The Supreme Court of British Columbia has dismissed a lawsuit by a former Canada Border Services Agency (CBSA) unionized firearm instructor because it lacked jurisdiction.
Simply put, the issue could have been grieved under the collective agreement, and some aspects of it already had been, the court said.
Jannelle Buchanan worked as a firearms instructor with CBSA from 2015 to 2017. She was a member of the Customs and Immigration Union, which is part of the Public Service Alliance of Canada (PSAC).
In October 2016, she made a formal complaint against another CBSA employee. Following an investigation against the employee, including complaints from other workers, he was terminated. At around the same time, the fired worker filed a workplace complaint against Buchanan.
The frisking incident
As CBSA investigated that complaint, it asked Buchanan — who worked in the Surrey area — to attend the Chilliwack office for an interview. She was frisked prior to the start of the interview.
The reason she was given for the frisking was because she allegedly made a threat that she was going to show up for the interview armed.
Buchanan had intended to drive to the interview in a marked CBSA vehicle.
The “threat” came via a text message to a co-worker that she would be “gunned up lol.”
That was a reference to the fact she would be driving a marked car and as such required to wear her uniform and full equipment, which included a baton and gun.
But she changed her mind and decided to drive her own car and wear civilian clothing. She told CBSA, via her union, that she would be driving her personal vehicle. She responded to an inquiry about being armed by saying she would not be.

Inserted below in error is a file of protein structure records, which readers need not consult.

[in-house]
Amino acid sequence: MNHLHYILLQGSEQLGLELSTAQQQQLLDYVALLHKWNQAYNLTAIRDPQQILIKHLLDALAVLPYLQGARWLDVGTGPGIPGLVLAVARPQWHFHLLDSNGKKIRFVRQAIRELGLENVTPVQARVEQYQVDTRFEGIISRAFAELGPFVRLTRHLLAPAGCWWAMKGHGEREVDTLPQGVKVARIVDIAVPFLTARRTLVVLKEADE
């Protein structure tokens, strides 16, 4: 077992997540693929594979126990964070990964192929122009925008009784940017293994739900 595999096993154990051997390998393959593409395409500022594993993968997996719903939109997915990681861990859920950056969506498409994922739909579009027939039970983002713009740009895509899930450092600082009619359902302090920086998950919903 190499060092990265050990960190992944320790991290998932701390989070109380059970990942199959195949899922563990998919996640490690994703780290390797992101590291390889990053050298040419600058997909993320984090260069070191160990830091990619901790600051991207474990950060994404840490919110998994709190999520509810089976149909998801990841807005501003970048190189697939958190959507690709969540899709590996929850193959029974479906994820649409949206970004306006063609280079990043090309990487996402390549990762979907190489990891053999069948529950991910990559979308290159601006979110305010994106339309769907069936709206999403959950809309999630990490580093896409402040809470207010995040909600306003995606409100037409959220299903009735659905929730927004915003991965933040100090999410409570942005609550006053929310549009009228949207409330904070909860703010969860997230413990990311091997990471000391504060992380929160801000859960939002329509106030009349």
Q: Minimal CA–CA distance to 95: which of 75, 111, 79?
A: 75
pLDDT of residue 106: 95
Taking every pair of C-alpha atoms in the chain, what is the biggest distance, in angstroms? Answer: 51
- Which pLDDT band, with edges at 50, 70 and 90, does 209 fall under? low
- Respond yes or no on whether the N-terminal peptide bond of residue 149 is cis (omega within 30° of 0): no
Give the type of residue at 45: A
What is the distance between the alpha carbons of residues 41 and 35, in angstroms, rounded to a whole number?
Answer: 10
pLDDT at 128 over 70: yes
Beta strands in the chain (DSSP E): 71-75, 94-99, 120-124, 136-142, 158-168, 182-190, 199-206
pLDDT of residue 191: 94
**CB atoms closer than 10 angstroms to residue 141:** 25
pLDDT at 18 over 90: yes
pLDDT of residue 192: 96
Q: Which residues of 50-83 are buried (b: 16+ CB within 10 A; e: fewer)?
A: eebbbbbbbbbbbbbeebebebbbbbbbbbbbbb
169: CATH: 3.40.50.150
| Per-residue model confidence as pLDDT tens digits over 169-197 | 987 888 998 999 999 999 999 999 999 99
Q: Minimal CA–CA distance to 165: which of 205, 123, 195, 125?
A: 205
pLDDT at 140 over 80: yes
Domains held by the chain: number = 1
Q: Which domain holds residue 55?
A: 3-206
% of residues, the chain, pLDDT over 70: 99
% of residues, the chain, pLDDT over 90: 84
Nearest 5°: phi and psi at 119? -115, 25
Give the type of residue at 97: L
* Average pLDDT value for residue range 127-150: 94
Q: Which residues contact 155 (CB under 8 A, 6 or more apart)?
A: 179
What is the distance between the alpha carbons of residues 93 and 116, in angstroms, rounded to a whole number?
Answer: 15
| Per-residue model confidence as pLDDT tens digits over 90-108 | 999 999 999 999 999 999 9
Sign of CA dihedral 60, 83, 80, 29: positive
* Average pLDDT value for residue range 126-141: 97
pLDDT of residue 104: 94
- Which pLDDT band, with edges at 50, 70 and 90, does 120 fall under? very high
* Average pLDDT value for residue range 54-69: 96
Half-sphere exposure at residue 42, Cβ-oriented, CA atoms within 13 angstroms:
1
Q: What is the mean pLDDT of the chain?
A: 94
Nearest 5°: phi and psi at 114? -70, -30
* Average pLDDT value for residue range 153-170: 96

Buchanan said the frisking constituted assault, and it formed a part of her civil claim. She said:
- there was no threat from her, nor was it possible to interpret her text in such a manner
- it was obvious from her clothing she could not be concealing a gun
- the CBSA employees who frisked her had no legal authority to do so.
She also said investigators went through her personal phone, without justification, which was a breach of her privacy.
Buchanan grieved the manner of the interview/interrogation. In that grievance, she referenced – but did not specifically grieve – the frisking. (She also filed a federal human rights complaint, which the court noted was on hold pending this application.)
Via the Supreme Court of British Columbia, Buchanan sought damages, including aggravated and punitive damages, for intentional infliction of mental suffering, invasion of privacy, false imprisonment and assault.
Buchanan subsequently resigned from her position with CBSA.
The court’s ruling: A bright line
The court said the right of an employee to grieve is found in the Federal Public Sector Labour Relations Act (FPSLRA). Essentially, it prevents an employee from bringing an action if there is a right to grieve.
The court’s role in this case was to rule, via summary judgment, on whether it had jurisdiction. It did not weigh the evidence of this case, but assumed she would be able to prove her allegations.
“While I accept there may be cases where the line between workplace conduct or activities and those that fall outside the scope of employment even if they involve co-workers may not always be a bright line, there is no such concern here,” said Justice Wilson.
“The interview was mandated by CBSA as part of its investigation, and was conducted by CBSA employees at CBSA premises, all at the instance of CBSA management. The investigators were also CBSA employees. The union was involved and a representative was present, at least for the interview portion.”
There are exceptions to the rule for rare and exceptional cases, but this one didn’t qualify, it said.
“This is not a situation of a systemic issue within a department such that the complaint would be adjudicated by the very people about whom the complaint was made,” said Justice Wilson. “The claimant filed a grievance with regard to certain aspects of the interview and I am told by counsel that the grievance was dismissed.”
In short, the substance of the allegations in the civil claim could have been grieved, and in fact some aspects already were grieved. Pursuant to s. 236(1) of the FPSLRA, the court had no jurisdiction, it said.
It awarded costs to the defendants.
For more information, see Buchanan v Canada (Attorney General), 2022 BCSC 1935 (CanLII)